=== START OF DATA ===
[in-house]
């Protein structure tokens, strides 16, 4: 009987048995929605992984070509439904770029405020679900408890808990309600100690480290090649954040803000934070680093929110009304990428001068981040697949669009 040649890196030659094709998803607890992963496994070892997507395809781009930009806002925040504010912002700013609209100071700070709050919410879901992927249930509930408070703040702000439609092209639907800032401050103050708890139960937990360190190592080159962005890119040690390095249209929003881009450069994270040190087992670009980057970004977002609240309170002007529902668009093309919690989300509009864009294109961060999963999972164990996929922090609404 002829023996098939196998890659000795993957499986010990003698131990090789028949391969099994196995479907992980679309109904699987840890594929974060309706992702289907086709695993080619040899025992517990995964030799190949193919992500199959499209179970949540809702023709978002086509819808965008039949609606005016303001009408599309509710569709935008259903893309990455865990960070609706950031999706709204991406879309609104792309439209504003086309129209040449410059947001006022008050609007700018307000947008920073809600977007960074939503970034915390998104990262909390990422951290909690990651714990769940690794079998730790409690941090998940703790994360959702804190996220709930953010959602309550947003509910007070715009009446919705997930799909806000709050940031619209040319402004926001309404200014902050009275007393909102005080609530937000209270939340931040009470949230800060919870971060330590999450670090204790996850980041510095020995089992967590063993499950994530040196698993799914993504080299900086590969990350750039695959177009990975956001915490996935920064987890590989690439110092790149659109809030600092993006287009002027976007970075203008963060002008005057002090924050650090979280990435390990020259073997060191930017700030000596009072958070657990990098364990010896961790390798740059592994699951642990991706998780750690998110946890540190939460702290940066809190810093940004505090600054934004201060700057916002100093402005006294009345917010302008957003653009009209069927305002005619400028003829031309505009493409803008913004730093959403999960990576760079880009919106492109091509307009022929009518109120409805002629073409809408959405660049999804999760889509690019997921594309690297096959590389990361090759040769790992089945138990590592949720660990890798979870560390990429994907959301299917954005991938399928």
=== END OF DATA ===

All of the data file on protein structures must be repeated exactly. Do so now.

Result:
[in-house]
């Protein structure tokens, strides 16, 4: 009987048995929605992984070509439904770029405020679900408890808990309600100690480290090649954040803000934070680093929110009304990428001068981040697949669009 040649890196030659094709998803607890992963496994070892997507395809781009930009806002925040504010912002700013609209100071700070709050919410879901992927249930509930408070703040702000439609092209639907800032401050103050708890139960937990360190190592080159962005890119040690390095249209929003881009450069994270040190087992670009980057970004977002609240309170002007529902668009093309919690989300509009864009294109961060999963999972164990996929922090609404 002829023996098939196998890659000795993957499986010990003698131990090789028949391969099994196995479907992980679309109904699987840890594929974060309706992702289907086709695993080619040899025992517990995964030799190949193919992500199959499209179970949540809702023709978002086509819808965008039949609606005016303001009408599309509710569709935008259903893309990455865990960070609706950031999706709204991406879309609104792309439209504003086309129209040449410059947001006022008050609007700018307000947008920073809600977007960074939503970034915390998104990262909390990422951290909690990651714990769940690794079998730790409690941090998940703790994360959702804190996220709930953010959602309550947003509910007070715009009446919705997930799909806000709050940031619209040319402004926001309404200014902050009275007393909102005080609530937000209270939340931040009470949230800060919870971060330590999450670090204790996850980041510095020995089992967590063993499950994530040196698993799914993504080299900086590969990350750039695959177009990975956001915490996935920064987890590989690439110092790149659109809030600092993006287009002027976007970075203008963060002008005057002090924050650090979280990435390990020259073997060191930017700030000596009072958070657990990098364990010896961790390798740059592994699951642990991706998780750690998110946890540190939460702290940066809190810093940004505090600054934004201060700057916002100093402005006294009345917010302008957003653009009209069927305002005619400028003829031309505009493409803008913004730093959403999960990576760079880009919106492109091509307009022929009518109120409805002629073409809408959405660049999804999760889509690019997921594309690297096959590389990361090759040769790992089945138990590592949720660990890798979870560390990429994907959301299917954005991938399928």